Good Time & Kong: Skull Island Movie Reviews

Two quickie reviews for two 2017 movies that I finally saw. Then I’m going to focus on reviewing movies with at least one Oscar nomination (Kong: Skull Island has one nomination so I guess I’m kind of starting today). Next week I’ll review The Shape Of Water, Darkest Hour, and hopefully both Lady Bird & I, Tonya if I manage to see them after they’re released tomorrow. Oh, and tomorrow I’ll finally review The Greatest Showman (nominated in the Best Song category).

Good Time (2017)

Directed by Ben Safdie & Josh Safdie

Written by Josh Safdie & Ronald Bronstein

Starring: Robert Pattinson, Jennifer Jason Leigh, Ben Safdie, Barkhad Abdi, Buddy Duress, Taliah Webster, Necro

Music by Oneohtrix Point Never

Plot Synopsis: (via IMDb)
After a heist goes awry, a bank robber spends a night trying to free his mentally handicapped brother from being sent to Riker’s Island prison.

My Opinion:

Good Time is one of those films that’s quite good but soooooo extremely “indie” that there’s absolutely no one in real life who I could recommend it to. Only you movie bloggers! 😉

So it appears this was directed by two filmmakers who are brothers & one also does the writing while the other also does the acting (in this case, playing the mentally handicapped brother of Robert Pattinson). This is certainly no Twilight! It’s good to see Pattinson in something so different. He does very well in this as a complete fuck-up who clearly loves & wants to take care of his brother despite not knowing at all what’s actually best for him.

I don’t really know what to say about this. You’ll either like its indie style or you won’t. Stuff happens but it’s the meandering sort of storyline that’s so common in indie films. The way that Pattinson’s character does absolutely everything wrong when it comes to his choices in life was amusing. I liked his brother (played by director Ben Safdie) and you really can’t help but kind of want things to work out for these two bumbling criminals. Oh! But, more than anything, I really liked the electronic score done by Oneohtrix Point Never. I’m a sucker for a good score & I know that really helped me to like this movie a little more than I otherwise might have. It kind of brought It Follows to mind. A good score is very important, filmmakers! Well done Safdie brothers & Oneohtrix Point Never.

My Rating: 7/10

**Forgot to say Jennifer Jason Leigh is barely in this. Damn. I like her.

Kong: Skull Island (2017)

Directed by Jordan Vogt-Roberts

Based on King Kong by Merian C. Cooper & Edgar Wallace

Starring: Tom Hiddleston, Samuel L. Jackson, John Goodman, Brie Larson, Jing Tian, Toby Kebbell, John Ortiz, Corey Hawkins, Jason Mitchell, Shea Whigham, Thomas Mann, Terry Notary, John C. Reilly

Plot Synopsis: (via Wikipedia)
Set in 1973, the film follows a team of scientists and a US Army unit recently withdrawn from the Vietnam War who travel to an uncharted island in the Pacific and encounter terrifying creatures and the mighty Kong.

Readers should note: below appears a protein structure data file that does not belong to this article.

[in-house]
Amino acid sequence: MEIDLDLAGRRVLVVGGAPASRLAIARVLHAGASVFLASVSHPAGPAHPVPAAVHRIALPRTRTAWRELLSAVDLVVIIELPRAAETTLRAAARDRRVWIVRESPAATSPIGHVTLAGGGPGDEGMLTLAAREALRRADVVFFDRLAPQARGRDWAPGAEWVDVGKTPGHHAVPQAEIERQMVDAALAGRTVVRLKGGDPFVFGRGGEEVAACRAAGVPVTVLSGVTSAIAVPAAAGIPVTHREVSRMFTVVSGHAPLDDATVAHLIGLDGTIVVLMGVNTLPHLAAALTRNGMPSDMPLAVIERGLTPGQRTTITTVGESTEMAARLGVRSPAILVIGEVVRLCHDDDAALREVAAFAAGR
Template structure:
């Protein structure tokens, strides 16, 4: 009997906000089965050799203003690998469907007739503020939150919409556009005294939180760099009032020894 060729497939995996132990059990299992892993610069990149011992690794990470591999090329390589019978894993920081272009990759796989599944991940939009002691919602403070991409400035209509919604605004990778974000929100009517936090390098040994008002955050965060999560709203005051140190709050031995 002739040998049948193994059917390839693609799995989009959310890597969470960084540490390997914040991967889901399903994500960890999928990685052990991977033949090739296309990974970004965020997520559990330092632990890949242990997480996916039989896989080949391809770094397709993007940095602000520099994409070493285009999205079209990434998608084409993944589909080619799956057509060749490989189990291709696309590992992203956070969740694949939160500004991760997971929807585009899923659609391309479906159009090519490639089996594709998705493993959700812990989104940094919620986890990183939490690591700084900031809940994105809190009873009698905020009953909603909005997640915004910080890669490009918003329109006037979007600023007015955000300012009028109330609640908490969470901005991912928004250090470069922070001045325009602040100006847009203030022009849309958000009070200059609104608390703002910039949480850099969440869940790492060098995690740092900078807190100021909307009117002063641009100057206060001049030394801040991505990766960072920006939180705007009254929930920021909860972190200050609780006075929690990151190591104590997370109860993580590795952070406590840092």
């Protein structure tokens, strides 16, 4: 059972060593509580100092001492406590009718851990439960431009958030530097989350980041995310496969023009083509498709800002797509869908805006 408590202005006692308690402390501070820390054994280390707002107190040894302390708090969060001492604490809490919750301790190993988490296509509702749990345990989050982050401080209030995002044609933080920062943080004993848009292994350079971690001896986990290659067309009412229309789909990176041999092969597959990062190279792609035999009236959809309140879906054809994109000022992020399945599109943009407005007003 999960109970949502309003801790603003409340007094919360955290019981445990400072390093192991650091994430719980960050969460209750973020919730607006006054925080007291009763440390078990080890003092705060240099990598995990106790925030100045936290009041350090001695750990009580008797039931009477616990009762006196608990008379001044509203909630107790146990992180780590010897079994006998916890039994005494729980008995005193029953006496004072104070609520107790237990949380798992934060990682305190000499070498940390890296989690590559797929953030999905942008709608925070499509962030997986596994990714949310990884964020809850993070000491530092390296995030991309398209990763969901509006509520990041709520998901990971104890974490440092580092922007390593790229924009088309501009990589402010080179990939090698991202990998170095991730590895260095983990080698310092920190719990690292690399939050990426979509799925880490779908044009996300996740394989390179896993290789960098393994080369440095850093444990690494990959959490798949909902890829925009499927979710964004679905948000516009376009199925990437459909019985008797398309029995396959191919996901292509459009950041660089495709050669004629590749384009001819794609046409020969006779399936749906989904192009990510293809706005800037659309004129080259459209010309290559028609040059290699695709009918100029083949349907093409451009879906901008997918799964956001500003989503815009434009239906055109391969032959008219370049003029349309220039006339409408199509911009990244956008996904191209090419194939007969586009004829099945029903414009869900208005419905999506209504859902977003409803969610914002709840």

My Opinion:

Speaking of good music in a film, Kong: Skull Island has this as well. This time, though, it was a kick ass soundtrack as opposed to the score (I can’t recall the score). The soundtrack was easily my favorite thing about this movie. What is it with Vietnam-era songs?? I love the angry songs from that time in history. Warning: I’m going to go off on a short non-movie-related rant here. Throughout history, the worst times for the human race have often resulted in fantastic music being made. People pour their hearts into their art during the most desperate times. So… Why does music FUCKING suck nowadays? Hmm?! The world is completely fucked up right now so where’s the great music as a result?????? I’ve wondered this for a while now.

Okay – let’s talk about this movie. It really kind of sucked. I hated it at first. I was mega tired & attempted to watch it & zonked out about 30 minutes in. I remember muttering something like “can’t they make a good monster movie….zzzzzzzz…..snore…….”. Then I tried again and still thought it sucked but kind of enjoyed it in a guilty pleasure sort of way. I think this was mainly thanks to (besides the soundtrack) John C. Reilly. Easily the best character. It took far too long to finally introduce him! No wonder I fell asleep the first time.

Oh. I suppose I should mention the monsters??? MonsterSSSS (plural). Was Kong not enough?! What’s with people these days? Never satisfied! I thought Kong was done quite well. And he was a far more developed character than all those random army guys who were there just to die in entertaining ways. Kong was cool – I think I could be friends with that dude. This movie really did improve in the second half (more Reilly & more Kong). So. I dunno. I enjoyed it yet thought it was a pretty bad film. Fun but bad. Like Road House! No. Wait. Road House is fucking awesome. That’s an 8/10 goodbad movie. Kong isn’t bad enough nor good enough to be goodbad. I’m making no sense. I’m mega tired again.